Bolstered by John Popper's mind bending harp prowess and machine gun vocal delivery, the John Popper Project serve up blistering dishes of bluesy-pop breaks and jazz fusion grooves. With Tad Kinchla's (Blues Traveler) meandering bass lines locked tightly with Marcus Bleecker's (Mosaic) danceable rhythms and DJ Logic's ever tasteful turntable percussion and accents, the four piece is completely comfortable within the boundaries of a well crafted studio pop gem or a spontaneous, all-out, live show improvisation.

From an auspicious union between Popper and DJ Logic in 2003, the special JPP chemistry is effortlessly recognizable within the group. "From the beginning the four of us immediately realized that our musical conversations are unique. We look forward to sharing that special Popper Project throw-down with audiences any chance we get," shares DJ Logic. John Popper adds, "Whether you want to dance to it, drink to it or smoke to it, the John Popper Project is musical exploration meant to be enjoyed, all in good fun."

The John Popper Project has proven to be enjoyable by lifelong fans of Blues Traveler and DJ Logic, all while reaching new audiences along the way. Even in the midst of their own hectic touring schedules, the chemistry shared between the four always leads them to take a time out for a few special JPP performances. The one-week-plus stint of Colorado dates promises to be no different

Mar 25 Sherpa & Yeti's - Breckenridge, Colorado

Mar 26 Mesa Theater - Grand Junction, Colorado

Mar 27 The Eldo - Crested Butte, Colorado

Mar 28 Belly Up - Aspen, Colorado

Mar 29 Cervante's Masterpiece - Denver, Colorado

Apr 1 Aggie Theatre - Fort Collins, Colorado

Apr 2 Vail Street Beat - Vail, Colorado

Global Drum Project Featuring Mickey Hart & Zakir Hussain

Mickey Hart- for the Grateful Web

The Global Drum Project Tour brings Mickey Hart, Zakir Hussain, Sikiru Adepoju, and Giovanni Hidalgo together again in a reunion sparked by the 15th anniversary of the ground-breaking album Planet Drum. Released in 1991, it went on to earn the first-ever Grammy Award in the World Music category. The tour is the groups first in almost a decade. It also marks the resumption of an artistic relationship – between Mickey Hart and Zakir Hussain – that goes back to the late 1960s.  The Global Drum Project will be playing the Boulder Theater on September 23rd, 2007 (more Global Drum Project dates below).

Mickey Hart is best known for his nearly three decades as an integral part of an extraordinary expedition into the soul and spirit of music, disguised as the rock and roll band the Grateful Dead. As half of the percussion tandem known as the Rhythm Devils, Mickey and Bill Kreutzmann transcended the conventions of rock drumming. Their extended polyrhythmic excursions were highlights of Grateful Dead shows, introducing the band's audience to an ever-growing arsenal of percussion instruments from around the world. Exposure to these exotic sounds fueled Mickey's desire to learn about the various cultures that produced them.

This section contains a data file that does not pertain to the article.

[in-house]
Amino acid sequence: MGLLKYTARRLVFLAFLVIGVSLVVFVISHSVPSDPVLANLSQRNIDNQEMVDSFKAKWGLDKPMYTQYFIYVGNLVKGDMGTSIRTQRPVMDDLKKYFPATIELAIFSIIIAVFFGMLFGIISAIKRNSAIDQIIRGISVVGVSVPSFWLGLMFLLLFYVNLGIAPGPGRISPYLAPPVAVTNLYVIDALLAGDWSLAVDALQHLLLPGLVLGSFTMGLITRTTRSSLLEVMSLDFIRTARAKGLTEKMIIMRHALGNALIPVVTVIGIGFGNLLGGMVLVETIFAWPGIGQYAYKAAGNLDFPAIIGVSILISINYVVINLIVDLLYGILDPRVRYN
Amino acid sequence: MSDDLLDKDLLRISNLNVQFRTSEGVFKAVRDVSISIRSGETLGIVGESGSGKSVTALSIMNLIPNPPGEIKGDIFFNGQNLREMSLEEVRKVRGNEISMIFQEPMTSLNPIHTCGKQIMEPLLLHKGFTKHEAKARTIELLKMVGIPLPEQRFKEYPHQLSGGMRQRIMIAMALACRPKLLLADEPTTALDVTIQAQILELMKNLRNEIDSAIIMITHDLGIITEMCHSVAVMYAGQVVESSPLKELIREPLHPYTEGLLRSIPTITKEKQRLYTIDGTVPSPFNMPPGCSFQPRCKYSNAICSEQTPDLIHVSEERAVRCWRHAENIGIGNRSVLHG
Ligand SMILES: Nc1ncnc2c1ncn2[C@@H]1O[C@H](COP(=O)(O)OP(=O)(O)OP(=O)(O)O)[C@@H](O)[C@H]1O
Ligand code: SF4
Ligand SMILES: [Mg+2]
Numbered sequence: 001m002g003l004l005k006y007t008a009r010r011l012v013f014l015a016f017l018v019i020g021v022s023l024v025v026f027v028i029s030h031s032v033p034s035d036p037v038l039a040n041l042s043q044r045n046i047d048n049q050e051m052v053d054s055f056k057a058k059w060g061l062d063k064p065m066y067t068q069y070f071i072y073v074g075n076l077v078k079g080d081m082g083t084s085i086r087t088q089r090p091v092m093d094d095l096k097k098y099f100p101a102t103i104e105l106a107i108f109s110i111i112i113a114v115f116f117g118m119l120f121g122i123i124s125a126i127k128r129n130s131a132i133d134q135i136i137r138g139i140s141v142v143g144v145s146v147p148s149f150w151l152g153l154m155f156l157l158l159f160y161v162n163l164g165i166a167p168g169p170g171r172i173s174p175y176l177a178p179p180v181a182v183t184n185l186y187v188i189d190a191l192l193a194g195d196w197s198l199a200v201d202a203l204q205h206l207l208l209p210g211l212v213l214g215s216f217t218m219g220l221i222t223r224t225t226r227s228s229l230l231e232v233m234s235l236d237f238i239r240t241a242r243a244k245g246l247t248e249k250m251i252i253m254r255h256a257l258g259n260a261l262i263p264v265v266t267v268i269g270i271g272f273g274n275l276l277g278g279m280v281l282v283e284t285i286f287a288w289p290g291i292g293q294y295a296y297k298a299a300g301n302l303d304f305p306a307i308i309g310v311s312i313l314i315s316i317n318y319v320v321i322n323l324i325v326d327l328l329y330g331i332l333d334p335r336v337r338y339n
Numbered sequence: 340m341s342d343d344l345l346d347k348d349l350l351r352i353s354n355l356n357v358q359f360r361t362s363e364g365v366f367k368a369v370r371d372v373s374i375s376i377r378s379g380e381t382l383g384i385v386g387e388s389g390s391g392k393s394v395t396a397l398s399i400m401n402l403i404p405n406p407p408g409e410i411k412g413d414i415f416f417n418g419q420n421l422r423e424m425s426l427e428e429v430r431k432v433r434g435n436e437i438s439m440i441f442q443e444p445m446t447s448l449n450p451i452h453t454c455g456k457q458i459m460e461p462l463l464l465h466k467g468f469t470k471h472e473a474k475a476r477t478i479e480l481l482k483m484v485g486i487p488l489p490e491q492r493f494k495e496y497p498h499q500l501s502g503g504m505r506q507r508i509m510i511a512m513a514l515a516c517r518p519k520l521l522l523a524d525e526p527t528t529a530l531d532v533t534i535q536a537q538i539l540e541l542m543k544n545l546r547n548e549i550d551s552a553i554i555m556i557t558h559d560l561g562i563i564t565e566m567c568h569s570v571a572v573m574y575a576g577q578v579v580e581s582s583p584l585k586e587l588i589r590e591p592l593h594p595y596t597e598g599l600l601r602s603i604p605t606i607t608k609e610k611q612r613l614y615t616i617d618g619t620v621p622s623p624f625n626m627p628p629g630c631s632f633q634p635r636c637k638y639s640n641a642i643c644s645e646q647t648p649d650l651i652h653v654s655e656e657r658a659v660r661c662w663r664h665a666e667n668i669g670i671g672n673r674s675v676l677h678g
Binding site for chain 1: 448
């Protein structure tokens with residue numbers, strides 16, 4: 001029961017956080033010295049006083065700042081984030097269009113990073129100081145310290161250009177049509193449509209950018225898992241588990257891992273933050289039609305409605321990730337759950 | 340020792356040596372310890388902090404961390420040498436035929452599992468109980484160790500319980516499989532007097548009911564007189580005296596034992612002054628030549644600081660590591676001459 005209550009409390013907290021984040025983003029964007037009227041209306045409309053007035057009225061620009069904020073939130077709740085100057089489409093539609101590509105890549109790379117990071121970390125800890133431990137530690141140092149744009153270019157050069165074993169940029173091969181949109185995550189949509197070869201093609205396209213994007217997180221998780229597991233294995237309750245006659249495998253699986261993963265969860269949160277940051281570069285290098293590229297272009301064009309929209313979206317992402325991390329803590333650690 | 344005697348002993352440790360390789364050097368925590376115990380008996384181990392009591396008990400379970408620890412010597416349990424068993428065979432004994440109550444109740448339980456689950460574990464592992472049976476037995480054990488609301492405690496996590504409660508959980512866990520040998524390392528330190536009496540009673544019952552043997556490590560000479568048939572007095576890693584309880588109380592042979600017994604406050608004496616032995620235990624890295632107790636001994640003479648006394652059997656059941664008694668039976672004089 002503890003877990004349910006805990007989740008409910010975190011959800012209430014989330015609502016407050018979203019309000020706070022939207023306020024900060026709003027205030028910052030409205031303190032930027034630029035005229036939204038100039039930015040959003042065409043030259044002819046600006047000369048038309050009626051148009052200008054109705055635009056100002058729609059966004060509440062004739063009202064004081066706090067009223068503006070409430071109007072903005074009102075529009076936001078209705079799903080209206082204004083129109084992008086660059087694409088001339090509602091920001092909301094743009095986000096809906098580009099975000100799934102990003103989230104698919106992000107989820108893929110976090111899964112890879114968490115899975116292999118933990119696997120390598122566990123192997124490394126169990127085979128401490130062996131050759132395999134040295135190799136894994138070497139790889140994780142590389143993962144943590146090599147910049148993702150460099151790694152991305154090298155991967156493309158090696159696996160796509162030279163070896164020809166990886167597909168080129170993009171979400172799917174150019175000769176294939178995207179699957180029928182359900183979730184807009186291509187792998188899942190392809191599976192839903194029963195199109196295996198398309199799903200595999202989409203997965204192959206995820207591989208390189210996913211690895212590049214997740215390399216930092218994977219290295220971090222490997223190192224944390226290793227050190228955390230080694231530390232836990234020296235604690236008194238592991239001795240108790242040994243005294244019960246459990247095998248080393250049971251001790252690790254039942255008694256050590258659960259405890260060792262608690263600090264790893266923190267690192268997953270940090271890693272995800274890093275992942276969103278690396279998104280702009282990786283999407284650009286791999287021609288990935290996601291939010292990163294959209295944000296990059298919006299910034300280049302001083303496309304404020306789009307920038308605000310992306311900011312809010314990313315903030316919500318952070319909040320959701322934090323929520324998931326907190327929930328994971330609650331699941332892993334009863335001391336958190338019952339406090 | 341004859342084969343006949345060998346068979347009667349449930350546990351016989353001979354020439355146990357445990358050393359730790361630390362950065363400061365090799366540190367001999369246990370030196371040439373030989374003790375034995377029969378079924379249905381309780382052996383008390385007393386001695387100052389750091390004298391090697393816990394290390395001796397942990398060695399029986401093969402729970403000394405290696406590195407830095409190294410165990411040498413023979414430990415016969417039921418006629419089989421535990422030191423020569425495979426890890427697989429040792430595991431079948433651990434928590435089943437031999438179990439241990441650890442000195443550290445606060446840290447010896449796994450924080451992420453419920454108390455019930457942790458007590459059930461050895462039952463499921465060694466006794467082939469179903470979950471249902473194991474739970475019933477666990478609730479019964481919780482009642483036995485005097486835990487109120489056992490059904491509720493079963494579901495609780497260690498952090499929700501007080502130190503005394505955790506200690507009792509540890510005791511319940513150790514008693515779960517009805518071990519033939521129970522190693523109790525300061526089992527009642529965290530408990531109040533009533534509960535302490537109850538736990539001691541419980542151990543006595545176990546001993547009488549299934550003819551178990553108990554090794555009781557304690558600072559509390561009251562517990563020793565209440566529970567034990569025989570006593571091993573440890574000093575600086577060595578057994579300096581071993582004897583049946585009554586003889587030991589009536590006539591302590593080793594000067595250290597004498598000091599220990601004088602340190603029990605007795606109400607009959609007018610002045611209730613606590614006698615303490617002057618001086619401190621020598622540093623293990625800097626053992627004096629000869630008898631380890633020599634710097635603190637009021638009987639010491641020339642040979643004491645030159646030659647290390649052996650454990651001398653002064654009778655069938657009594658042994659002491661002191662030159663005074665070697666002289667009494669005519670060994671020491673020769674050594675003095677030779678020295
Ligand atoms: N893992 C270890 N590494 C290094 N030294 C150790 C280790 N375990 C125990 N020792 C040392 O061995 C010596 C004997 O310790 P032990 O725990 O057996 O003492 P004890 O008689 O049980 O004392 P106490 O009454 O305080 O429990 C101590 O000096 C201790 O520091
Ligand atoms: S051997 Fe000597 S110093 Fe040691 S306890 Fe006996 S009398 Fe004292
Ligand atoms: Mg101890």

His tireless study of the world's music led Mickey to many great teachers and collaborators, including his partners in Planet Drum. Planet Drum's self-titled album not only hit #1 on the Billboard World Music Chart, remaining there for 26 weeks, it also received the Grammy for Best World Music Album in 1991 - the first Grammy ever awarded in this category. Planet Drum is one of twenty-nine recordings released on Mickey's the WORLD series on Rykodisc. The WORLD offers a wide variety of music from virtually every corner of the globe with releases like Voices of the Rainforest from Papua New Guinea and Living Art, Sounding Spirit: The Bali Sessions. In 2002, Mickey established The Endangered Music Fund to return royalty payments from many of these recordings to the indigenous people that produced them, and to further the preservation of sounds and music from around the globe.

Mickey's experiences have paved the way for unique opportunities beyond the music industry. He composed a major drum production performed by an assembly of 100 percussionists for the opening ceremony of the 1996 Centennial Olympic Games. Additionally, Mickey has composed scores, soundtracks and themes for movies and television including Apocalypse Now, Gang Related, Hearts of Darkness, The Twilight Zone, the 1987 score to The America's Cup: The Walter Cronkite Report, Vietnam: A Television History, and The Next Step. In 1994 Mickey was inducted with The Grateful Dead into the Rock and Roll Hall of Fame.

Mickey has written four books documenting his lifelong fascination with the history and mythology of music. These include Drumming at the Edge of Magic, Planet Drum, Spirit into Sound: The Magic of Music, and Songcatchers: In Search of the World's Music.

Long a social activist, Mickey appeared in August, 1991 before the U.S. Senate Committee on Aging, speaking on the healing value of drumming and rhythm on afflictions associated with aging. Since joining the Institute for Music and Neurologic Function at Beth Abraham Hospital in 2000, Mickey is continuing his investigation into the connection between healing and rhythm, and the neural bases of rhythm.